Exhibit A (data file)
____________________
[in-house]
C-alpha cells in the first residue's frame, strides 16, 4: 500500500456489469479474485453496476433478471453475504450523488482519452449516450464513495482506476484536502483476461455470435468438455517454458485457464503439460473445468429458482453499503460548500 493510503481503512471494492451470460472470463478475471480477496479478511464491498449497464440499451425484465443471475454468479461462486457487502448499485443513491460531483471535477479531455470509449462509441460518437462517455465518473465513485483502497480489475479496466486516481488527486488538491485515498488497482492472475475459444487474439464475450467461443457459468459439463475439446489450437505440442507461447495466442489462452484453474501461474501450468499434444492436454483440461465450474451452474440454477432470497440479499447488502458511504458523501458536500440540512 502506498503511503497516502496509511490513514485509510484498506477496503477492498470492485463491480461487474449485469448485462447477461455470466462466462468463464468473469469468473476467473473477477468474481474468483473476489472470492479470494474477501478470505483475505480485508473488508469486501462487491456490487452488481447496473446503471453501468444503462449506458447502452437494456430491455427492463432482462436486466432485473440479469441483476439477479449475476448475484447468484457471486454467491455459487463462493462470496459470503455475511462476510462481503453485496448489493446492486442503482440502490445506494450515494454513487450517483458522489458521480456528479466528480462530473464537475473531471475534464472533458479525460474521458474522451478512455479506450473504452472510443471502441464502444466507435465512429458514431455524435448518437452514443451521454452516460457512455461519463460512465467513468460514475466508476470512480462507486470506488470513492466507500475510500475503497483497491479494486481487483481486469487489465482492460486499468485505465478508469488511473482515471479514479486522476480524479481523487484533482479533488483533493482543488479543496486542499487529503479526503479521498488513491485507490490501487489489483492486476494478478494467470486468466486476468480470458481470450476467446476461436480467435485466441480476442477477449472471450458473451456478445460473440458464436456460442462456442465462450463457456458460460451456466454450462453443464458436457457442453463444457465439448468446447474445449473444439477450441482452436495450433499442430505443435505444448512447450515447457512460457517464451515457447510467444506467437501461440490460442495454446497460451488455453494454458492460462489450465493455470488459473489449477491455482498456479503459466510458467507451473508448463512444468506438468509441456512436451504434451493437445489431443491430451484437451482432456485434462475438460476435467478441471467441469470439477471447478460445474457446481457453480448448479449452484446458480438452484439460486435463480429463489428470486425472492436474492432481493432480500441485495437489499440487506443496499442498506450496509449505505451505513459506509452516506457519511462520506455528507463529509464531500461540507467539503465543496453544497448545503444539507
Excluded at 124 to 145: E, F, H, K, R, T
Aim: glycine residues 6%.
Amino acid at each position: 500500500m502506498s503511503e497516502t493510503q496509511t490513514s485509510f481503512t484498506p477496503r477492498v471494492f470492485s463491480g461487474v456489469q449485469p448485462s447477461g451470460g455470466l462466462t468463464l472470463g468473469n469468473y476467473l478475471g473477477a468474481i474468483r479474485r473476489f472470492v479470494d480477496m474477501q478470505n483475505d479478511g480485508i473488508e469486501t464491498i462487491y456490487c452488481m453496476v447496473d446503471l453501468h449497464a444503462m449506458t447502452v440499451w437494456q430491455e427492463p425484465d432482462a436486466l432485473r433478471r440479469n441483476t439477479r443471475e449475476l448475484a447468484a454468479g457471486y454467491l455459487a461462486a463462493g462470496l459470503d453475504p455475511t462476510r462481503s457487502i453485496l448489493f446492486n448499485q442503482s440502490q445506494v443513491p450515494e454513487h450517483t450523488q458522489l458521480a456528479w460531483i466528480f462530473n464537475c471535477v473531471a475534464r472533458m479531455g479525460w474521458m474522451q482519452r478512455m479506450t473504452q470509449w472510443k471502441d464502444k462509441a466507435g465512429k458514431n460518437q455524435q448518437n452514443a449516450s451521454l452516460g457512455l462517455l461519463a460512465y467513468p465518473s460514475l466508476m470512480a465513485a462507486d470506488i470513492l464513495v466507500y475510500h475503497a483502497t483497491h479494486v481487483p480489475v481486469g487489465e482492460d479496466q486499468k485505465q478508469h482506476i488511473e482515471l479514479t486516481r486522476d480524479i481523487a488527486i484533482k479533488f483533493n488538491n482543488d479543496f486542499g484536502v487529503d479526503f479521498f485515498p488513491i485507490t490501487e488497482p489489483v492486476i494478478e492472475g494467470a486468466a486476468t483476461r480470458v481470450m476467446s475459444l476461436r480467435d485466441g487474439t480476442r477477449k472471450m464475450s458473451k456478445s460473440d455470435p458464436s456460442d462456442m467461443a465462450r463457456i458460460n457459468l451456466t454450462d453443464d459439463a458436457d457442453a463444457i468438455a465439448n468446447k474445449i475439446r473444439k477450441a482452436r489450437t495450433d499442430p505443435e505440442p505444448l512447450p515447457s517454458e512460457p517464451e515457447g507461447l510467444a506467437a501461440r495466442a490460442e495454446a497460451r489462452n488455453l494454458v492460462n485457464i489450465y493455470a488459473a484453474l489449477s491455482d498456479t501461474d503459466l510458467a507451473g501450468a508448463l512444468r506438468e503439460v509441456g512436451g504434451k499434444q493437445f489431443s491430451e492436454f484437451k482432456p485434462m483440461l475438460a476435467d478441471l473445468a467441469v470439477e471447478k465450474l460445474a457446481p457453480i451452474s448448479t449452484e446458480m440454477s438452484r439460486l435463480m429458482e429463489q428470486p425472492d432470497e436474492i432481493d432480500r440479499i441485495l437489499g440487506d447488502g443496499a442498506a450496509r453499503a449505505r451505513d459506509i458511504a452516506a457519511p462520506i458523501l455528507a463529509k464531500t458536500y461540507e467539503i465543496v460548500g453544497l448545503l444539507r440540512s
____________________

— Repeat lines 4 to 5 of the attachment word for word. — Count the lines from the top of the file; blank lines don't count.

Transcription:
Aim: glycine residues 6%.
Amino acid at each position: 500500500m502506498s503511503e497516502t493510503q496509511t490513514s485509510f481503512t484498506p477496503r477492498v471494492f470492485s463491480g461487474v456489469q449485469p448485462s447477461g451470460g455470466l462466462t468463464l472470463g468473469n469468473y476467473l478475471g473477477a468474481i474468483r479474485r473476489f472470492v479470494d480477496m474477501q478470505n483475505d479478511g480485508i473488508e469486501t464491498i462487491y456490487c452488481m453496476v447496473d446503471l453501468h449497464a444503462m449506458t447502452v440499451w437494456q430491455e427492463p425484465d432482462a436486466l432485473r433478471r440479469n441483476t439477479r443471475e449475476l448475484a447468484a454468479g457471486y454467491l455459487a461462486a463462493g462470496l459470503d453475504p455475511t462476510r462481503s457487502i453485496l448489493f446492486n448499485q442503482s440502490q445506494v443513491p450515494e454513487h450517483t450523488q458522489l458521480a456528479w460531483i466528480f462530473n464537475c471535477v473531471a475534464r472533458m479531455g479525460w474521458m474522451q482519452r478512455m479506450t473504452q470509449w472510443k471502441d464502444k462509441a466507435g465512429k458514431n460518437q455524435q448518437n452514443a449516450s451521454l452516460g457512455l462517455l461519463a460512465y467513468p465518473s460514475l466508476m470512480a465513485a462507486d470506488i470513492l464513495v466507500y475510500h475503497a483502497t483497491h479494486v481487483p480489475v481486469g487489465e482492460d479496466q486499468k485505465q478508469h482506476i488511473e482515471l479514479t486516481r486522476d480524479i481523487a488527486i484533482k479533488f483533493n488538491n482543488d479543496f486542499g484536502v487529503d479526503f479521498f485515498p488513491i485507490t490501487e488497482p489489483v492486476i494478478e492472475g494467470a486468466a486476468t483476461r480470458v481470450m476467446s475459444l476461436r480467435d485466441g487474439t480476442r477477449k472471450m464475450s458473451k456478445s460473440d455470435p458464436s456460442d462456442m467461443a465462450r463457456i458460460n457459468l451456466t454450462d453443464d459439463a458436457d457442453a463444457i468438455a465439448n468446447k474445449i475439446r473444439k477450441a482452436r489450437t495450433d499442430p505443435e505440442p505444448l512447450p515447457s517454458e512460457p517464451e515457447g507461447l510467444a506467437a501461440r495466442a490460442e495454446a497460451r489462452n488455453l494454458v492460462n485457464i489450465y493455470a488459473a484453474l489449477s491455482d498456479t501461474d503459466l510458467a507451473g501450468a508448463l512444468r506438468e503439460v509441456g512436451g504434451k499434444q493437445f489431443s491430451e492436454f484437451k482432456p485434462m483440461l475438460a476435467d478441471l473445468a467441469v470439477e471447478k465450474l460445474a457446481p457453480i451452474s448448479t449452484e446458480m440454477s438452484r439460486l435463480m429458482e429463489q428470486p425472492d432470497e436474492i432481493d432480500r440479499i441485495l437489499g440487506d447488502g443496499a442498506a450496509r453499503a449505505r451505513d459506509i458511504a452516506a457519511p462520506i458523501l455528507a463529509k464531500t458536500y461540507e467539503i465543496v460548500g453544497l448545503l444539507r440540512s